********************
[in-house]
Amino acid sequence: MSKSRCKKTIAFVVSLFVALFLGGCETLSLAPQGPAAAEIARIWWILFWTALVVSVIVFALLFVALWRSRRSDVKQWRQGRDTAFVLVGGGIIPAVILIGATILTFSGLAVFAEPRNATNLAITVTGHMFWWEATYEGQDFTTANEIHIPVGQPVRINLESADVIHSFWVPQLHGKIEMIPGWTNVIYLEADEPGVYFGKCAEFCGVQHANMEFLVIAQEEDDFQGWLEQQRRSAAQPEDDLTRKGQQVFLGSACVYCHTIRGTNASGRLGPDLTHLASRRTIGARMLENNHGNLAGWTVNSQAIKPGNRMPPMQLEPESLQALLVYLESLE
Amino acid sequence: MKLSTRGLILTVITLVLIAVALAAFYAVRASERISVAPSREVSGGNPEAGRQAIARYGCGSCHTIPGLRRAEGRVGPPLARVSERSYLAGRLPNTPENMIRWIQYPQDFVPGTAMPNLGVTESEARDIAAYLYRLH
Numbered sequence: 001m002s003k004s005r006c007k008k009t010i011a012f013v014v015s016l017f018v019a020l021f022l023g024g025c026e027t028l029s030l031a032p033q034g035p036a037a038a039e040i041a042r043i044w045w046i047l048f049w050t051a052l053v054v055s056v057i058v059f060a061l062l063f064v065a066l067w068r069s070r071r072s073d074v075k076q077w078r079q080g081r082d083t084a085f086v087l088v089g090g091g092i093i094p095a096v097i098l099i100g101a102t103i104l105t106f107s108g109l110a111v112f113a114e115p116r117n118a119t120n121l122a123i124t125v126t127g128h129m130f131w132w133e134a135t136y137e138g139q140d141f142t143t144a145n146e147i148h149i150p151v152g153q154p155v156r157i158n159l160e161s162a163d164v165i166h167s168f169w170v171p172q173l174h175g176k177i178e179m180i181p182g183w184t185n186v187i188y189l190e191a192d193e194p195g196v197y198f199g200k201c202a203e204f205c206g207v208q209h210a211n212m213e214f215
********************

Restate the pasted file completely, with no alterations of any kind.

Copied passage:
[in-house]
Amino acid sequence: MSKSRCKKTIAFVVSLFVALFLGGCETLSLAPQGPAAAEIARIWWILFWTALVVSVIVFALLFVALWRSRRSDVKQWRQGRDTAFVLVGGGIIPAVILIGATILTFSGLAVFAEPRNATNLAITVTGHMFWWEATYEGQDFTTANEIHIPVGQPVRINLESADVIHSFWVPQLHGKIEMIPGWTNVIYLEADEPGVYFGKCAEFCGVQHANMEFLVIAQEEDDFQGWLEQQRRSAAQPEDDLTRKGQQVFLGSACVYCHTIRGTNASGRLGPDLTHLASRRTIGARMLENNHGNLAGWTVNSQAIKPGNRMPPMQLEPESLQALLVYLESLE
Amino acid sequence: MKLSTRGLILTVITLVLIAVALAAFYAVRASERISVAPSREVSGGNPEAGRQAIARYGCGSCHTIPGLRRAEGRVGPPLARVSERSYLAGRLPNTPENMIRWIQYPQDFVPGTAMPNLGVTESEARDIAAYLYRLH
Numbered sequence: 001m002s003k004s005r006c007k008k009t010i011a012f013v014v015s016l017f018v019a020l021f022l023g024g025c026e027t028l029s030l031a032p033q034g035p036a037a038a039e040i041a042r043i044w045w046i047l048f049w050t051a052l053v054v055s056v057i058v059f060a061l062l063f064v065a066l067w068r069s070r071r072s073d074v075k076q077w078r079q080g081r082d083t084a085f086v087l088v089g090g091g092i093i094p095a096v097i098l099i100g101a102t103i104l105t106f107s108g109l110a111v112f113a114e115p116r117n118a119t120n121l122a123i124t125v126t127g128h129m130f131w132w133e134a135t136y137e138g139q140d141f142t143t144a145n146e147i148h149i150p151v152g153q154p155v156r157i158n159l160e161s162a163d164v165i166h167s168f169w170v171p172q173l174h175g176k177i178e179m180i181p182g183w184t185n186v187i188y189l190e191a192d193e194p195g196v197y198f199g200k201c202a203e204f205c206g207v208q209h210a211n212m213e214f215